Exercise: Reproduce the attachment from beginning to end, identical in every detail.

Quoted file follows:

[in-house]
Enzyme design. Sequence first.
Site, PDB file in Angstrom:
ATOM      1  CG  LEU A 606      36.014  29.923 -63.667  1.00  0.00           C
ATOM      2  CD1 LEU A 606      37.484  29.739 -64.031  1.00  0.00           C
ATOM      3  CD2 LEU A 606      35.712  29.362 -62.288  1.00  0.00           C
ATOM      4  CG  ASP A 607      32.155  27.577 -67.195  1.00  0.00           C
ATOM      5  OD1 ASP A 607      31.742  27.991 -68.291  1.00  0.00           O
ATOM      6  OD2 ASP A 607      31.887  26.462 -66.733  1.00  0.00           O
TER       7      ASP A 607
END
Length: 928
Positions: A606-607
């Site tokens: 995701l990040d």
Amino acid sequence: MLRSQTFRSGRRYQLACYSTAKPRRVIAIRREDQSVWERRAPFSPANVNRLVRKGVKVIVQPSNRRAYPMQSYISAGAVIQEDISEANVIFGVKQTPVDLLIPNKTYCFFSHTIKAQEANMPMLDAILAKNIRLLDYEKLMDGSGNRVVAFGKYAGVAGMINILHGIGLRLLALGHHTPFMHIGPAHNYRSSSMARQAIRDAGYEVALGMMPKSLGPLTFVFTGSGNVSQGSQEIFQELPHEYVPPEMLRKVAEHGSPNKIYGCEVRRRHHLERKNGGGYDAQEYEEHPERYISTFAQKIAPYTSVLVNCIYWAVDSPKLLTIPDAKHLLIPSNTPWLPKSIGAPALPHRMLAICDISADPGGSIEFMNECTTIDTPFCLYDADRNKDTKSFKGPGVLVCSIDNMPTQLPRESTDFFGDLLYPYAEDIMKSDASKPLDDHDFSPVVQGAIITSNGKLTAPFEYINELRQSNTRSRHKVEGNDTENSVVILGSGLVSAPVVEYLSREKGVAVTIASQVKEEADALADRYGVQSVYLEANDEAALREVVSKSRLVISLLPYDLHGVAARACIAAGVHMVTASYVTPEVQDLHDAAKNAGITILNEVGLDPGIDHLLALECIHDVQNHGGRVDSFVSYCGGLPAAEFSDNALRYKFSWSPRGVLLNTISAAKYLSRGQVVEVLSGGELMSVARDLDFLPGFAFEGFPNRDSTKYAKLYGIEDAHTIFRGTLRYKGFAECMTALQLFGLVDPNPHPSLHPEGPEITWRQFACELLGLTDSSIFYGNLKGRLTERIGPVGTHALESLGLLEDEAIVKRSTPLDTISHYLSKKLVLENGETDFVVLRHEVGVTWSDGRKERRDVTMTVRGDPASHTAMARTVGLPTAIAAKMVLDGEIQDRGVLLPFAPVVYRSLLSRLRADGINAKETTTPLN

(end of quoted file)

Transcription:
[in-house]
Enzyme design. Sequence first.
Site, PDB file in Angstrom:
ATOM      1  CG  LEU A 606      36.014  29.923 -63.667  1.00  0.00           C
ATOM      2  CD1 LEU A 606      37.484  29.739 -64.031  1.00  0.00           C
ATOM      3  CD2 LEU A 606      35.712  29.362 -62.288  1.00  0.00           C
ATOM      4  CG  ASP A 607      32.155  27.577 -67.195  1.00  0.00           C
ATOM      5  OD1 ASP A 607      31.742  27.991 -68.291  1.00  0.00           O
ATOM      6  OD2 ASP A 607      31.887  26.462 -66.733  1.00  0.00           O
TER       7      ASP A 607
END
Length: 928
Positions: A606-607
């Site tokens: 995701l990040d």
Amino acid sequence: MLRSQTFRSGRRYQLACYSTAKPRRVIAIRREDQSVWERRAPFSPANVNRLVRKGVKVIVQPSNRRAYPMQSYISAGAVIQEDISEANVIFGVKQTPVDLLIPNKTYCFFSHTIKAQEANMPMLDAILAKNIRLLDYEKLMDGSGNRVVAFGKYAGVAGMINILHGIGLRLLALGHHTPFMHIGPAHNYRSSSMARQAIRDAGYEVALGMMPKSLGPLTFVFTGSGNVSQGSQEIFQELPHEYVPPEMLRKVAEHGSPNKIYGCEVRRRHHLERKNGGGYDAQEYEEHPERYISTFAQKIAPYTSVLVNCIYWAVDSPKLLTIPDAKHLLIPSNTPWLPKSIGAPALPHRMLAICDISADPGGSIEFMNECTTIDTPFCLYDADRNKDTKSFKGPGVLVCSIDNMPTQLPRESTDFFGDLLYPYAEDIMKSDASKPLDDHDFSPVVQGAIITSNGKLTAPFEYINELRQSNTRSRHKVEGNDTENSVVILGSGLVSAPVVEYLSREKGVAVTIASQVKEEADALADRYGVQSVYLEANDEAALREVVSKSRLVISLLPYDLHGVAARACIAAGVHMVTASYVTPEVQDLHDAAKNAGITILNEVGLDPGIDHLLALECIHDVQNHGGRVDSFVSYCGGLPAAEFSDNALRYKFSWSPRGVLLNTISAAKYLSRGQVVEVLSGGELMSVARDLDFLPGFAFEGFPNRDSTKYAKLYGIEDAHTIFRGTLRYKGFAECMTALQLFGLVDPNPHPSLHPEGPEITWRQFACELLGLTDSSIFYGNLKGRLTERIGPVGTHALESLGLLEDEAIVKRSTPLDTISHYLSKKLVLENGETDFVVLRHEVGVTWSDGRKERRDVTMTVRGDPASHTAMARTVGLPTAIAAKMVLDGEIQDRGVLLPFAPVVYRSLLSRLRADGINAKETTTPLN